Amendment, by leave, withdrawn.

5.30 p.m.

Baroness Buscombe moved Amendment No. 6:

    Page 3, line 7, at end insert—

"( ) In conducting their duties under subsection (1), OFCOM shall have a primary responsibility to ensure that their actions are, at all times, governed by the principles under which regulatory activities should be transparent, accountable, proportionate, consistent and targeted only at cases in which action is needed."

The noble Baroness said: In moving Amendment No. 6, I shall speak also to Amendments Nos. 15, 18 and 19. The amendments focus on the general duties of Ofcom and the need, in our view, to have on the face of the Bill an increased emphasis on the principles of better regulation.

In setting out the key principles of the Bill, the Government have expressed their aim to create the most dynamic and competitive communications industry in the world. To that end, they have highlighted the need for deregulation to promote competitiveness and investment, together with self-regulation where appropriate. We support the Government in these aims.

However, we want to be sure that in practice Ofcom will, as it becomes established, adhere to the principles of better regulation; that the regulatory activities of Ofcom will be transparent, accountable, proportionate, consistent and targeted. To that end, it should be a primary duty on the face of the Bill and not only something to which Ofcom should have regard when it appears to be relevant in the circumstances.

The Bill grants extensive powers to Ofcom as a regulator to intervene right across the economy. In that case it is essential that it should not only have regard to, but adhere to at all times the principles of better regulation that are consistently championed by the Government's Better Regulation Task Force.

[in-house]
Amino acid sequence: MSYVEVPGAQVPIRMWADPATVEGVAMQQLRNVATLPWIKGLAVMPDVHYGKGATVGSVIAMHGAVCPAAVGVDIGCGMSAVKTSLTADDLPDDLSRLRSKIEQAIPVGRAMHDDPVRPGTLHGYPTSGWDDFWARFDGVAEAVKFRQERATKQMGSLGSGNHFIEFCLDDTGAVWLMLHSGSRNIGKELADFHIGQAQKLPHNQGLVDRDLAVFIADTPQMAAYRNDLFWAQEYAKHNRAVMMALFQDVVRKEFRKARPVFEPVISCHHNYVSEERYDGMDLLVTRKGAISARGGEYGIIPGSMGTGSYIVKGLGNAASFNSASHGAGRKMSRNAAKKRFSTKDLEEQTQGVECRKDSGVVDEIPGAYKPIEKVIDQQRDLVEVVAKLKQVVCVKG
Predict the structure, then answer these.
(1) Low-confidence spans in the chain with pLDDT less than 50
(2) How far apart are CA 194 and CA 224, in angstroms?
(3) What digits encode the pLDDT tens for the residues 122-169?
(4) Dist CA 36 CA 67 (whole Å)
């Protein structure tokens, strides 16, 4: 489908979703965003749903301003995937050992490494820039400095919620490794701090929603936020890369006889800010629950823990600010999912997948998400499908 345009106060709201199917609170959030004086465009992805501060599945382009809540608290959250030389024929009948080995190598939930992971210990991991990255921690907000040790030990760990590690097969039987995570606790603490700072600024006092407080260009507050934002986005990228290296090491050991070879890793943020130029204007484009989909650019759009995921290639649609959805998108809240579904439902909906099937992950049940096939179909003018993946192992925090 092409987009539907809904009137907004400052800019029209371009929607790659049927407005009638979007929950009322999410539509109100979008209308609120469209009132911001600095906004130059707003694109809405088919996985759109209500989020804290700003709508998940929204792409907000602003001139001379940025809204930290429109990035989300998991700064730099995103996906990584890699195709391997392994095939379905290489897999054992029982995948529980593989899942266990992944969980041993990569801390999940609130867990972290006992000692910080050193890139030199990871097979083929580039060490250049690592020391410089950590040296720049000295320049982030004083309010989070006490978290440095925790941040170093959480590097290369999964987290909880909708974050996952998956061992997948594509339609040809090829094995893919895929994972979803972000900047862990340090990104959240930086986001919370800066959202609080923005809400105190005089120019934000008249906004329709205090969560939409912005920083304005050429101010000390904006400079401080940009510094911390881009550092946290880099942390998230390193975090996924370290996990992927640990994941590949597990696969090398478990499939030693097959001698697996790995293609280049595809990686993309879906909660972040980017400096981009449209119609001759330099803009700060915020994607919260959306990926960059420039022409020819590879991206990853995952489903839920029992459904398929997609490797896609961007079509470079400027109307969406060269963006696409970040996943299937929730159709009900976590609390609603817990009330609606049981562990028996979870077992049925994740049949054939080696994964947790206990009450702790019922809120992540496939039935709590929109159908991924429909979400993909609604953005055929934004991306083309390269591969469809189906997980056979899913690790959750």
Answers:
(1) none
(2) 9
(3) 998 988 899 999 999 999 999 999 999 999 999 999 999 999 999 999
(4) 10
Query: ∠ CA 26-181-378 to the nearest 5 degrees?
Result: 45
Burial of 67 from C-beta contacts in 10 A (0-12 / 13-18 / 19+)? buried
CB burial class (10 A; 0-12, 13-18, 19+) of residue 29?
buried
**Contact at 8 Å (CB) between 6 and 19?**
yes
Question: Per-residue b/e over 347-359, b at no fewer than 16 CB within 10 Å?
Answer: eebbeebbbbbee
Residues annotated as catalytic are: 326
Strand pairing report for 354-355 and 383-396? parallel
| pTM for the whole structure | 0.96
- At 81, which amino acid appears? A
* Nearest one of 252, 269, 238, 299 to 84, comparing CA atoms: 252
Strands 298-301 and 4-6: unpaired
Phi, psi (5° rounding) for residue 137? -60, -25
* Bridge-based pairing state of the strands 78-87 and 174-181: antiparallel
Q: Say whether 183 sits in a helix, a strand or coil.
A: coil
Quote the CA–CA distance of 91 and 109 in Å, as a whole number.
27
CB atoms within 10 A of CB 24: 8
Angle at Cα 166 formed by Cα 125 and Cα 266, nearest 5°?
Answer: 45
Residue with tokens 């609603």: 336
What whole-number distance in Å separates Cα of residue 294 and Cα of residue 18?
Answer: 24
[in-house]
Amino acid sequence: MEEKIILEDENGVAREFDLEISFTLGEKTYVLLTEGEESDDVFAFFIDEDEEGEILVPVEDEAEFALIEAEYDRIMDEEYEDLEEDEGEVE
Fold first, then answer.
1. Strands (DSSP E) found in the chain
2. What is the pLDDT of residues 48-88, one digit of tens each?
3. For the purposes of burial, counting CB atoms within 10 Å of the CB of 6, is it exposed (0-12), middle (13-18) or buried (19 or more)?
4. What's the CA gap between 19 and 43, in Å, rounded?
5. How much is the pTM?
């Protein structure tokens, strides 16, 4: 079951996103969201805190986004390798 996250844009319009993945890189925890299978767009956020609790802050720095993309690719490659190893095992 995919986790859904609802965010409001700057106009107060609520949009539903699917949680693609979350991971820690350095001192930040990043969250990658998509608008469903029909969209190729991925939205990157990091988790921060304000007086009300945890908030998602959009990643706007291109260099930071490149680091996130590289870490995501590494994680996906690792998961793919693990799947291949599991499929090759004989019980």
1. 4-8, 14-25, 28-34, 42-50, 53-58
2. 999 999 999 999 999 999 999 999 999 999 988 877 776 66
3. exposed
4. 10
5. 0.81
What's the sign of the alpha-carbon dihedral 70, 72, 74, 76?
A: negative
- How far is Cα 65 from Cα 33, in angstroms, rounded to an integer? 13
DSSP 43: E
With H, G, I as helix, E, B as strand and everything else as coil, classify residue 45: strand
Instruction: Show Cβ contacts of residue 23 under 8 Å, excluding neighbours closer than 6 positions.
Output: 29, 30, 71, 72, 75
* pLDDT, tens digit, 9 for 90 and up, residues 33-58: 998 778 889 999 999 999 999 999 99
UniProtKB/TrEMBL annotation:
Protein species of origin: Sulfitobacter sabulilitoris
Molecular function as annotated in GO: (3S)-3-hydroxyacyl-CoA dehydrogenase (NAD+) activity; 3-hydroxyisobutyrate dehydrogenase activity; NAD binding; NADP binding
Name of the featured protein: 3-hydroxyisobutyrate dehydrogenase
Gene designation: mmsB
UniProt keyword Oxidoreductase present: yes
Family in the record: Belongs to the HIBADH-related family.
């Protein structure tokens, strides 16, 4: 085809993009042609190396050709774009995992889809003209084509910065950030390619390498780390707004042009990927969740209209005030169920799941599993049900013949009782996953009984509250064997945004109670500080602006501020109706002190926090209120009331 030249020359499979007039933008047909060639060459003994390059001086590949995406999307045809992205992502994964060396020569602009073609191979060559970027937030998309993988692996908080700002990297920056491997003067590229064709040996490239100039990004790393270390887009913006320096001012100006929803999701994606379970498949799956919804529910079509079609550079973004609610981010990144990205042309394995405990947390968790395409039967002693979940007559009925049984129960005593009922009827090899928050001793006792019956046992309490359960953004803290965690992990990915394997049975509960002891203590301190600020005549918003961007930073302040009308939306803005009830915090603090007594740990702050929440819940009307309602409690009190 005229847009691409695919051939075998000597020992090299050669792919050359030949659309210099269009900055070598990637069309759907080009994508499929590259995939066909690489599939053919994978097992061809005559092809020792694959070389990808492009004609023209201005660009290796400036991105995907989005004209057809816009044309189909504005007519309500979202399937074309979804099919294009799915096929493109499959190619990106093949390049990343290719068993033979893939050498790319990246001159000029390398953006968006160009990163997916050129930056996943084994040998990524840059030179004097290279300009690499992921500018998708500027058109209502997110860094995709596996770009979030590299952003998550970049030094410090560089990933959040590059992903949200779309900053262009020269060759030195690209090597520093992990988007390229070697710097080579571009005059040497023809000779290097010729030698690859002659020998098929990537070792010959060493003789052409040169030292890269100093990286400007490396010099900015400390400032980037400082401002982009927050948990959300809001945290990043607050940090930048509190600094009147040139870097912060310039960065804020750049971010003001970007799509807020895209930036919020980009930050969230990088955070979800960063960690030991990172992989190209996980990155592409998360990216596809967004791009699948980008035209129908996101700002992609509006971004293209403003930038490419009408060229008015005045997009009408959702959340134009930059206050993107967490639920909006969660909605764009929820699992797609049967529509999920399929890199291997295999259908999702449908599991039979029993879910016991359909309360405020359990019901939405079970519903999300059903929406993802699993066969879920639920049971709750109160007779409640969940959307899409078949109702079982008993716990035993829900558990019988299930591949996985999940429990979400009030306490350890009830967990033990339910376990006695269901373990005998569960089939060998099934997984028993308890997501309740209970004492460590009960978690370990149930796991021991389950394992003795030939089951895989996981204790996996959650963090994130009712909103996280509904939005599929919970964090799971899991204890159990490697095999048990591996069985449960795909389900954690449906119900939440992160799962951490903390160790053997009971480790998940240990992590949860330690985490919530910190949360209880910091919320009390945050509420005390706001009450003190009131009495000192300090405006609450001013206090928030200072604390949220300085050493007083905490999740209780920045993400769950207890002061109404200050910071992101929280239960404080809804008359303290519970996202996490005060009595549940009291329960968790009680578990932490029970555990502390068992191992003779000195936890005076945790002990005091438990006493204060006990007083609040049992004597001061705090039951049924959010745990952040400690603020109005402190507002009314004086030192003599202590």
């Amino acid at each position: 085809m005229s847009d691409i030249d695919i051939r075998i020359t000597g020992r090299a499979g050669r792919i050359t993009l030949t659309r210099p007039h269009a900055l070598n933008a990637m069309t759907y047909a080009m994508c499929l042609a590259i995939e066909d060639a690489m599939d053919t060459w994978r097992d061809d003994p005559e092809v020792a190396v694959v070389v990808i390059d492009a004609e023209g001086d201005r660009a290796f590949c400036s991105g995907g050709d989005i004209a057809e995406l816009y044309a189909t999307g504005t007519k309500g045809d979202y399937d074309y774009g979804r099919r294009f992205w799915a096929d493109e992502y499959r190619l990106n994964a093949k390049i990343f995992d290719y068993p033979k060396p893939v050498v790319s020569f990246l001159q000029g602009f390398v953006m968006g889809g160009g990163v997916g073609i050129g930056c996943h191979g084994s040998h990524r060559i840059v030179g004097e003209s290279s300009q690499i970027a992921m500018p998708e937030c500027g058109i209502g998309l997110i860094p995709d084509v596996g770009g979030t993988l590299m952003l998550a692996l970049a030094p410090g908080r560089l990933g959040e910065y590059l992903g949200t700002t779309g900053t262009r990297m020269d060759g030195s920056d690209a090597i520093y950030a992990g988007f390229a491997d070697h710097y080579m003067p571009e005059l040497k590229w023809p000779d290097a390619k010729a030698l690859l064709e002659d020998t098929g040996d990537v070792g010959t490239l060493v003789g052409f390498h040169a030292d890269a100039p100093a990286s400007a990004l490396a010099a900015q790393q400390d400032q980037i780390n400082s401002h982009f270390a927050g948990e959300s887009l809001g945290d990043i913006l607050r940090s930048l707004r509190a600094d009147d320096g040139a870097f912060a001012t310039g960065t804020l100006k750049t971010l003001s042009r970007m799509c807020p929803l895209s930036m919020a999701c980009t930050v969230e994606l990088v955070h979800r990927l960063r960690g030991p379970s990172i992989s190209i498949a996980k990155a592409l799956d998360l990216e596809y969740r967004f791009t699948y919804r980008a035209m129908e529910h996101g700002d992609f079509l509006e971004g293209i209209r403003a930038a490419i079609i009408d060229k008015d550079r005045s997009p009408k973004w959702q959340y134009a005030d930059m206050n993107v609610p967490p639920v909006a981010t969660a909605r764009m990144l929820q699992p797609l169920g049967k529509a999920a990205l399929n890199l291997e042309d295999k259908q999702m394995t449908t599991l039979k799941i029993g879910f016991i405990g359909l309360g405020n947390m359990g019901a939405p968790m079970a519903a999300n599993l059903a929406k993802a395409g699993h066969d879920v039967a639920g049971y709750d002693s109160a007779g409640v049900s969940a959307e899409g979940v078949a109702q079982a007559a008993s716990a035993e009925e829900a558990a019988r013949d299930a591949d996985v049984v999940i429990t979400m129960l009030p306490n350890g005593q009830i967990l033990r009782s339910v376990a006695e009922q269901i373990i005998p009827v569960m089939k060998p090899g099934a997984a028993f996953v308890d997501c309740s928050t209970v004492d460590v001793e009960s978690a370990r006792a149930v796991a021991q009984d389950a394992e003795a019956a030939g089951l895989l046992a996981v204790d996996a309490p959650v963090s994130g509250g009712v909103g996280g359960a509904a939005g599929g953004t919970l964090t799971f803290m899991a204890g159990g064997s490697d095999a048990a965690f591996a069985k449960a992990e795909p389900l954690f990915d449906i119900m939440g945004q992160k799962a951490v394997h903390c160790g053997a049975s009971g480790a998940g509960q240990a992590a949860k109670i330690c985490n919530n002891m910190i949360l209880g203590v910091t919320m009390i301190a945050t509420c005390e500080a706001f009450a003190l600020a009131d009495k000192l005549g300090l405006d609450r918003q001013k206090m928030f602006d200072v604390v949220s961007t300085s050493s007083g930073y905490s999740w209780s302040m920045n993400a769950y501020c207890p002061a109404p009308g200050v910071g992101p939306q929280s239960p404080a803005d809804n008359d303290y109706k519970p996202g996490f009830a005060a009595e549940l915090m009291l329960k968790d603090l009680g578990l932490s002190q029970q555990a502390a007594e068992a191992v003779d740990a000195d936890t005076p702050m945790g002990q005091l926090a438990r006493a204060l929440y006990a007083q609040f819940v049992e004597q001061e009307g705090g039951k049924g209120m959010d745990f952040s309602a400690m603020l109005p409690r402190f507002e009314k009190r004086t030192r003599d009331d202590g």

The chairman of the task force, David Arculus, when appointed last year, was reported in the Financial Times as having warned that civil servants are drowning small businesses in a wave of regulation because they have little understanding of business. He went on to say that,

    "Some of the problem lies with independent regulators who are keen to make the most of the new powers they have been given".

While we are confident that the noble Lord, Lord Currie, will not fall into this trap, we nevertheless wish to protect the future and thereby make adherence to better regulation principles a primary duty for Ofcom. I can assure the Committee

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that we are supported in large part across the broadcasting and telecommunications industries in this aim.

We are disappointed therefore that the Government have seen fit to place a less than wholehearted commitment to the principles on the face of the Bill. I recognise that, like the remainder of Clause 3, these principles are to be disapplied when Ofcom carries out its concurrent competition powers. I have no dispute with that. Similarly, there may be instances where it is not appropriate for Ofcom to behave in accordance with all the better regulation principles but with only some of them. Someone has suggested, for example, that Ofcom cannot be too transparent in advance when it is carrying out a raid on a pirate broadcaster. That kind of situation must of course be respected.

We have tabled two alternative amendments for the Government's consideration, both of which would achieve this aim. The first would simply delete the provisions in Clause 3(3) and amend Clause 3(1) to ensure that in conducting its duties under the subsection Ofcom has a primary responsibility to ensure that its actions are at all times governed by the principles.

The second amendment would amend Clause 3(2) to provide Ofcom with a duty in carrying out its functions and in performing its duties under Clause 3(1) to act impartially and transparently and to comply with the other principles of good regulation.

The issue was raised briefly in another place. Amendments seeking this increased emphasis were rejected by the Government, even though they failed to provide much reasoning for doing so. It was an insubstantial and unsatisfactory debate. The Government's refusal to adopt these amendments is even more difficult to understand given the importance that they appeared to attach to the principles of better regulation during the consideration of the Bill in another place. The Committee stage debates recorded in Hansard illustrate how often the principles were prayed in aid by the Government as a reason for rejecting amendments that went to the heart of many of the most important debates.

I ask the Government to think again on this issue. In their exposition of the Bill in Committee they have shown how important the principles will be in underpinning and informing Ofcom in the way that it goes about its work. This sits very uncomfortably with the less than wholehearted commitment to the principles currently given in Clause 3. I beg to move.